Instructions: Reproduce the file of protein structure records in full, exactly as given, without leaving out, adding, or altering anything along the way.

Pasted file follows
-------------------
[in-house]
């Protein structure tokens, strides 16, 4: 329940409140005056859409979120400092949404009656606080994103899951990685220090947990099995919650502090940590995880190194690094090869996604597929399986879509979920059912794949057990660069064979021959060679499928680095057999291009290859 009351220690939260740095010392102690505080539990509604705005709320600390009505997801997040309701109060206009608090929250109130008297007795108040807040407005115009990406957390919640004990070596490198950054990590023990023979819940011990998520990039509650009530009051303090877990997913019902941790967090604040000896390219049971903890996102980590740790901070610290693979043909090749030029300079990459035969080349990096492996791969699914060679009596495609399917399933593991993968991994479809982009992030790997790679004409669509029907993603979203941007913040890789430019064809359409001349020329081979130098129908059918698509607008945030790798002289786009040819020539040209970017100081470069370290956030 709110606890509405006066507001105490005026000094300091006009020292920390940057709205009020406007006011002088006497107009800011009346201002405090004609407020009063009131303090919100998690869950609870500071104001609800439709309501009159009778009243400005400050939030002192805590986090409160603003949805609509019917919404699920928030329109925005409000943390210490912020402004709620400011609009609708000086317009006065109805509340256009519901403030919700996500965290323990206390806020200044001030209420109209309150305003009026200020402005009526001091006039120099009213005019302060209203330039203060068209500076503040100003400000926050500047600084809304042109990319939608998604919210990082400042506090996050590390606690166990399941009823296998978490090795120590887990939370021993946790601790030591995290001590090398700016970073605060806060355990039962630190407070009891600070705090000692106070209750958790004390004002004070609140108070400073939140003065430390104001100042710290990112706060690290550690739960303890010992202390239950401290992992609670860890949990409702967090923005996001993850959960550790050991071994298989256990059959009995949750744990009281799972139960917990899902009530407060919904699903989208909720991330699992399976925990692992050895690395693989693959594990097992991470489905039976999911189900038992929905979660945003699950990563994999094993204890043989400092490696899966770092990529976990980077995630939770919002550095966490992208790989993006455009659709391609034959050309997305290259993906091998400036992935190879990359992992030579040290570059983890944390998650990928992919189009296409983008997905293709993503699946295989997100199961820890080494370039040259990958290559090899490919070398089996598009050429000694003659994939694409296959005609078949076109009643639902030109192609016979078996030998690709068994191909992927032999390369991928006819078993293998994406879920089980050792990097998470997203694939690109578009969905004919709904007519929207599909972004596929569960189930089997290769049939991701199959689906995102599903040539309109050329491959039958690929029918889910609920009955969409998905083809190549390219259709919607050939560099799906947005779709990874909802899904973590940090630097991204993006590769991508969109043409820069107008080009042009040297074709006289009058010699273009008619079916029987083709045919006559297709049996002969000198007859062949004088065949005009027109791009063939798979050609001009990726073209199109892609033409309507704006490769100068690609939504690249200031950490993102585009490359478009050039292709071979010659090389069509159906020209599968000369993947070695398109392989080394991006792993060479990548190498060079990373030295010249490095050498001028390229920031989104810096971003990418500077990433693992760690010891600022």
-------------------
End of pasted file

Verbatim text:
[in-house]
């Protein structure tokens, strides 16, 4: 329940409140005056859409979120400092949404009656606080994103899951990685220090947990099995919650502090940590995880190194690094090869996604597929399986879509979920059912794949057990660069064979021959060679499928680095057999291009290859 009351220690939260740095010392102690505080539990509604705005709320600390009505997801997040309701109060206009608090929250109130008297007795108040807040407005115009990406957390919640004990070596490198950054990590023990023979819940011990998520990039509650009530009051303090877990997913019902941790967090604040000896390219049971903890996102980590740790901070610290693979043909090749030029300079990459035969080349990096492996791969699914060679009596495609399917399933593991993968991994479809982009992030790997790679004409669509029907993603979203941007913040890789430019064809359409001349020329081979130098129908059918698509607008945030790798002289786009040819020539040209970017100081470069370290956030 709110606890509405006066507001105490005026000094300091006009020292920390940057709205009020406007006011002088006497107009800011009346201002405090004609407020009063009131303090919100998690869950609870500071104001609800439709309501009159009778009243400005400050939030002192805590986090409160603003949805609509019917919404699920928030329109925005409000943390210490912020402004709620400011609009609708000086317009006065109805509340256009519901403030919700996500965290323990206390806020200044001030209420109209309150305003009026200020402005009526001091006039120099009213005019302060209203330039203060068209500076503040100003400000926050500047600084809304042109990319939608998604919210990082400042506090996050590390606690166990399941009823296998978490090795120590887990939370021993946790601790030591995290001590090398700016970073605060806060355990039962630190407070009891600070705090000692106070209750958790004390004002004070609140108070400073939140003065430390104001100042710290990112706060690290550690739960303890010992202390239950401290992992609670860890949990409702967090923005996001993850959960550790050991071994298989256990059959009995949750744990009281799972139960917990899902009530407060919904699903989208909720991330699992399976925990692992050895690395693989693959594990097992991470489905039976999911189900038992929905979660945003699950990563994999094993204890043989400092490696899966770092990529976990980077995630939770919002550095966490992208790989993006455009659709391609034959050309997305290259993906091998400036992935190879990359992992030579040290570059983890944390998650990928992919189009296409983008997905293709993503699946295989997100199961820890080494370039040259990958290559090899490919070398089996598009050429000694003659994939694409296959005609078949076109009643639902030109192609016979078996030998690709068994191909992927032999390369991928006819078993293998994406879920089980050792990097998470997203694939690109578009969905004919709904007519929207599909972004596929569960189930089997290769049939991701199959689906995102599903040539309109050329491959039958690929029918889910609920009955969409998905083809190549390219259709919607050939560099799906947005779709990874909802899904973590940090630097991204993006590769991508969109043409820069107008080009042009040297074709006289009058010699273009008619079916029987083709045919006559297709049996002969000198007859062949004088065949005009027109791009063939798979050609001009990726073209199109892609033409309507704006490769100068690609939504690249200031950490993102585009490359478009050039292709071979010659090389069509159906020209599968000369993947070695398109392989080394991006792993060479990548190498060079990373030295010249490095050498001028390229920031989104810096971003990418500077990433693992760690010891600022």